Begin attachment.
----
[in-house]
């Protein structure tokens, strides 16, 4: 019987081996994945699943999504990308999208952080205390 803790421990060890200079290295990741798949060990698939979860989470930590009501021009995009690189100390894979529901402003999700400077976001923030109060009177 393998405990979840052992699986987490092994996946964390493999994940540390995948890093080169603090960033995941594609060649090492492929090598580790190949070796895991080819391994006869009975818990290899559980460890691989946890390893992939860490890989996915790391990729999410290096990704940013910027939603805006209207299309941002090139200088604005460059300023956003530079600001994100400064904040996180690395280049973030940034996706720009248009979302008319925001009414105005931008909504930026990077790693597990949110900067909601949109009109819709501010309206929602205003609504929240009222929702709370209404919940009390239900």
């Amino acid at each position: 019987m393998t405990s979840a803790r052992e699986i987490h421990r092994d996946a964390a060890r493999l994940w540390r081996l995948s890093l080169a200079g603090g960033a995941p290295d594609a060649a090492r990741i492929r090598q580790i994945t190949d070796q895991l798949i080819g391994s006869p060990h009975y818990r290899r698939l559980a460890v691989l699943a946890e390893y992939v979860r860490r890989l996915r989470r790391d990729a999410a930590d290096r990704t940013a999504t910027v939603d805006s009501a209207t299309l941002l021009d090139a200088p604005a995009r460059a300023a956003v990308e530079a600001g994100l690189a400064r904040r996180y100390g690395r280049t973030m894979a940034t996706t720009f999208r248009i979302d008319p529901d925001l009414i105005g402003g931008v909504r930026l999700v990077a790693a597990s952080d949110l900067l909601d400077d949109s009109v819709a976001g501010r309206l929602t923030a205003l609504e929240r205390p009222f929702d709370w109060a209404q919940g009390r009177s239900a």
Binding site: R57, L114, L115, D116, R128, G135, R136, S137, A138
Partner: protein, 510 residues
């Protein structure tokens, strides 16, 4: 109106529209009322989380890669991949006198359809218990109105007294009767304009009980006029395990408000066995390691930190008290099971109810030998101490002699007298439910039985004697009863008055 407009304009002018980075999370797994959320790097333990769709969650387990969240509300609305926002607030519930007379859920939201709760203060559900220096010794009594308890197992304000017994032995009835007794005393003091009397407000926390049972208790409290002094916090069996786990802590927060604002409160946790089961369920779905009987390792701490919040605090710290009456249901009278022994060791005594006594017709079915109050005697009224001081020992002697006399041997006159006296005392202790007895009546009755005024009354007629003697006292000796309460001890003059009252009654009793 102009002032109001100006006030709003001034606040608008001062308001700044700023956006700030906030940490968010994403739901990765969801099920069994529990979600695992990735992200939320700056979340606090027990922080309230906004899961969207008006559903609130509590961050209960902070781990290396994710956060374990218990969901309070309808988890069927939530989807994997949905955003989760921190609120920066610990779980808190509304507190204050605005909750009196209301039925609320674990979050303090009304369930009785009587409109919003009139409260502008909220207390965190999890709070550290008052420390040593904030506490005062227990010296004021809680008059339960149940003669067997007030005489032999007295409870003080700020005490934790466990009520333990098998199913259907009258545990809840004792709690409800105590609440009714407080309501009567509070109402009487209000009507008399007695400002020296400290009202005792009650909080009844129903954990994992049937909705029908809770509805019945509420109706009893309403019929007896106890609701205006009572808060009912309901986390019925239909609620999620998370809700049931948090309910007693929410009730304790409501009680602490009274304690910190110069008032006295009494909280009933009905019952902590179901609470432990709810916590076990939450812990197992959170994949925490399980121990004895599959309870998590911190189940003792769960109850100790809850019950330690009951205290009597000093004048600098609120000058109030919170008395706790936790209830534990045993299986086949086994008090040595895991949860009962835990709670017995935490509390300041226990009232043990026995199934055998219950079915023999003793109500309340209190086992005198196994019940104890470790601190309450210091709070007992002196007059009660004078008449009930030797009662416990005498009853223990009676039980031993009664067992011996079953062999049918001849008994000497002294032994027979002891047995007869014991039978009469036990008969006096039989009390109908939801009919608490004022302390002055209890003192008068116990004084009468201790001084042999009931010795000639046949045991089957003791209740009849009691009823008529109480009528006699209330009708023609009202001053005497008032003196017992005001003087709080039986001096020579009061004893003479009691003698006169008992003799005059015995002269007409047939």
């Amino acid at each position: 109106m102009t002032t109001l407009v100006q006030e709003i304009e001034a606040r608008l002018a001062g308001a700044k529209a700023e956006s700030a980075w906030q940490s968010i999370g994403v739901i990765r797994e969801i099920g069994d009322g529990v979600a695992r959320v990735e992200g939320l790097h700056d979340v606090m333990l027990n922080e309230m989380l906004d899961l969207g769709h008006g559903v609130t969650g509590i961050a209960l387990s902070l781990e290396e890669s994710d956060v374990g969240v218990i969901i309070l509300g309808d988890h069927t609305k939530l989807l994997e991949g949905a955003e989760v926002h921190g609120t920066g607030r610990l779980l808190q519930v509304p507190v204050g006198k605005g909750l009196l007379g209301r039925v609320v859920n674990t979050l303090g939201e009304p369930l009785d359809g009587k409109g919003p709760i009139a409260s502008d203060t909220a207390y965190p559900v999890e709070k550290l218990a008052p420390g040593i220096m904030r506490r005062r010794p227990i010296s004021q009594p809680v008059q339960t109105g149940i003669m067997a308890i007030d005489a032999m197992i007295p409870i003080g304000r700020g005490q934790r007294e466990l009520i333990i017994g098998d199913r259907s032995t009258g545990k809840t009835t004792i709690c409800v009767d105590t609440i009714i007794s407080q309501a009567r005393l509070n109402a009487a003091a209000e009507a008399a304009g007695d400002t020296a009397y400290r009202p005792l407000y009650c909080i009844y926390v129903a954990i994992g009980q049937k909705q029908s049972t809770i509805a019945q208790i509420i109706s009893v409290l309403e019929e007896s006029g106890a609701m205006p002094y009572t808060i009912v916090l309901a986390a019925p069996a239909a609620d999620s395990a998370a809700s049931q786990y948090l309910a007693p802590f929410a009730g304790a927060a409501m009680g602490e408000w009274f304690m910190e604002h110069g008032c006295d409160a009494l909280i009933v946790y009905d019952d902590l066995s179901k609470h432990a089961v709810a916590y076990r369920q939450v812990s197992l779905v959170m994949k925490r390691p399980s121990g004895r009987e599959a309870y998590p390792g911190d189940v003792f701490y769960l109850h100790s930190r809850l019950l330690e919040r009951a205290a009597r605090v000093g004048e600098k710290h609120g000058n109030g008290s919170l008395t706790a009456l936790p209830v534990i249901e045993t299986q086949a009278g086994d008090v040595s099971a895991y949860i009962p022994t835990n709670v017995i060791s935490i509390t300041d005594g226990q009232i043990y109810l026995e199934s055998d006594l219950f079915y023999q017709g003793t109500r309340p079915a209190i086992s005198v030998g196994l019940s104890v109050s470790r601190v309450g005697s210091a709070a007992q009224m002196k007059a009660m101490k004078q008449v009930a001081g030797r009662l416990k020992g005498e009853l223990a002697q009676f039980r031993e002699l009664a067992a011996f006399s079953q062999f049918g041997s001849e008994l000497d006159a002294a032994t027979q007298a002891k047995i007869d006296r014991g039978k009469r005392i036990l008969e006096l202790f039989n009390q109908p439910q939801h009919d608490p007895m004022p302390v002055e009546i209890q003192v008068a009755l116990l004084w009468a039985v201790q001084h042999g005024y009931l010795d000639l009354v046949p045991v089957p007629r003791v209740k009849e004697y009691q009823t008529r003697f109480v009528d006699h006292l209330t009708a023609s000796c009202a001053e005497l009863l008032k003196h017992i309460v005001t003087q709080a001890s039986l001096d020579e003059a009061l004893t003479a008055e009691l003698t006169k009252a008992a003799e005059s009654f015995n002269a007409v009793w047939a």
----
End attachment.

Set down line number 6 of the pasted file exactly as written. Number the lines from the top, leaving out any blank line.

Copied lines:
């Protein structure tokens, strides 16, 4: 109106529209009322989380890669991949006198359809218990109105007294009767304009009980006029395990408000066995390691930190008290099971109810030998101490002699007298439910039985004697009863008055 407009304009002018980075999370797994959320790097333990769709969650387990969240509300609305926002607030519930007379859920939201709760203060559900220096010794009594308890197992304000017994032995009835007794005393003091009397407000926390049972208790409290002094916090069996786990802590927060604002409160946790089961369920779905009987390792701490919040605090710290009456249901009278022994060791005594006594017709079915109050005697009224001081020992002697006399041997006159006296005392202790007895009546009755005024009354007629003697006292000796309460001890003059009252009654009793 102009002032109001100006006030709003001034606040608008001062308001700044700023956006700030906030940490968010994403739901990765969801099920069994529990979600695992990735992200939320700056979340606090027990922080309230906004899961969207008006559903609130509590961050209960902070781990290396994710956060374990218990969901309070309808988890069927939530989807994997949905955003989760921190609120920066610990779980808190509304507190204050605005909750009196209301039925609320674990979050303090009304369930009785009587409109919003009139409260502008909220207390965190999890709070550290008052420390040593904030506490005062227990010296004021809680008059339960149940003669067997007030005489032999007295409870003080700020005490934790466990009520333990098998199913259907009258545990809840004792709690409800105590609440009714407080309501009567509070109402009487209000009507008399007695400002020296400290009202005792009650909080009844129903954990994992049937909705029908809770509805019945509420109706009893309403019929007896106890609701205006009572808060009912309901986390019925239909609620999620998370809700049931948090309910007693929410009730304790409501009680602490009274304690910190110069008032006295009494909280009933009905019952902590179901609470432990709810916590076990939450812990197992959170994949925490399980121990004895599959309870998590911190189940003792769960109850100790809850019950330690009951205290009597000093004048600098609120000058109030919170008395706790936790209830534990045993299986086949086994008090040595895991949860009962835990709670017995935490509390300041226990009232043990026995199934055998219950079915023999003793109500309340209190086992005198196994019940104890470790601190309450210091709070007992002196007059009660004078008449009930030797009662416990005498009853223990009676039980031993009664067992011996079953062999049918001849008994000497002294032994027979002891047995007869014991039978009469036990008969006096039989009390109908939801009919608490004022302390002055209890003192008068116990004084009468201790001084042999009931010795000639046949045991089957003791209740009849009691009823008529109480009528006699209330009708023609009202001053005497008032003196017992005001003087709080039986001096020579009061004893003479009691003698006169008992003799005059015995002269007409047939």